Equities Get Double-Teamed by the Euro and May Jobs Report
Word that Hungary could join the ranks of European governments staring at insolvency pretty much ensured that global stock markets would be awash in red Friday. The euro hit a new four-year low against the dollar, breaking below the psychologically significant $1.20 level. That helped boost the buck, as the U.S. Dollar Index, which measures the greenback against a trade-weighted basket of six major currencies, rose 1.3% -- a huge move in currency terms.
And then "the number" came out. The private payrolls data were pretty much a disaster, making the labor market look a lot squishier than anyone thought. "Too few private sector jobs -- and much lower than expected at that -- with too many temporary positions and too much evidence that government hiring drove what there was of the number in the latest reported period -- turned more than a few stomachs on the trading desks across the world, John Stoltzfus, market strategist at Ticonderoga Securities, told clients Friday.
The Dow Jones Industrial Average ($INDU) fell 323 points, or 3.2%, to close at 9,932, while the broader S&P 500 ($INX) lost 38, or 3.4%, to 1,065. The tech-heavy Nasdaq Composite ($COMPX) dropped 84 points, or 3.6%, to settle at 2,219.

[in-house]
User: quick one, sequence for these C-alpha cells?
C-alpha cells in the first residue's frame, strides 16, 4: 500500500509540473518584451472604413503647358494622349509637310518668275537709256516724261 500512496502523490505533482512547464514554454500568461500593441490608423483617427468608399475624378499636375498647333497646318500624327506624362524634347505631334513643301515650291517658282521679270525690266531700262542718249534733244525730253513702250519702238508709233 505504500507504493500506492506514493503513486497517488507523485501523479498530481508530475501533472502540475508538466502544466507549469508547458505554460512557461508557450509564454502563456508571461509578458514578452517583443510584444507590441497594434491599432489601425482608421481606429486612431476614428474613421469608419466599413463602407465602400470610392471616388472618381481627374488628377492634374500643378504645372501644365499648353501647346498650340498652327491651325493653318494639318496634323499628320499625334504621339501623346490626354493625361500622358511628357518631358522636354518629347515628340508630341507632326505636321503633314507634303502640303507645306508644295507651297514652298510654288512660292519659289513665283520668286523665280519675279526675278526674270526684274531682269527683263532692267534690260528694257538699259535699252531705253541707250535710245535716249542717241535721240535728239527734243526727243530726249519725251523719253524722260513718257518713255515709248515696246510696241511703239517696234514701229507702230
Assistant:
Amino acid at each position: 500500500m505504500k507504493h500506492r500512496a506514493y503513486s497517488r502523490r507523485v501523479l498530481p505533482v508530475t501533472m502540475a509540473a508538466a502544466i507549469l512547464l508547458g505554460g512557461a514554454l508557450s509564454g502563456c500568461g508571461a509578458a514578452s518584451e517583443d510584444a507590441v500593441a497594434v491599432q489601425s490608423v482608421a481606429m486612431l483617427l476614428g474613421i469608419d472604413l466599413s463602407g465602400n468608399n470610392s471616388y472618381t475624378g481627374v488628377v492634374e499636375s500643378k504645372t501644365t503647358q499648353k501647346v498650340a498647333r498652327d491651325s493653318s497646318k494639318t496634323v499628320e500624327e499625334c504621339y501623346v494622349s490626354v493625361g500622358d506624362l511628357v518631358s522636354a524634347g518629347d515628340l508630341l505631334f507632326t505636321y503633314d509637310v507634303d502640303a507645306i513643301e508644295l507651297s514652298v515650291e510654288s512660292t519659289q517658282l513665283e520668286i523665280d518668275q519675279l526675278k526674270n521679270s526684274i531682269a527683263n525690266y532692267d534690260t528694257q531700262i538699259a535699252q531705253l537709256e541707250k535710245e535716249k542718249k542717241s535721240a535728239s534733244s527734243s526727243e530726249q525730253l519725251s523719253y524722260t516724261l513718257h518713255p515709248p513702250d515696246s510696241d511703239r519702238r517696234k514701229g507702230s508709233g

Lipstick on a Pig?
The jobs data did provide some slivers of solace of the bulls, wrote David Rosenberg, chief economist and strategist at Gluskin Sheff. Hours worked inched up, and wages rose. "This is truly encouraging news, but considering so much of this was driven by temporary Census hiring, the durability is still in question," Rosenberg said.
Additionally, the broader measure of unemployment ticked down last month, and the manufacturing sector added jobs (29,000 this time) for the fifth straight month. Whether these are silvers linings or just lipstick on a pig remains to be seen, but there's no doubt expectations heading into the employment report were far too inflated.
"The consensus was completely giddy believing that we were going to see a 180,000 [gain in private payrolls] today," Rosenberg wrote. "Instead, we got a putrid 41,000 increase."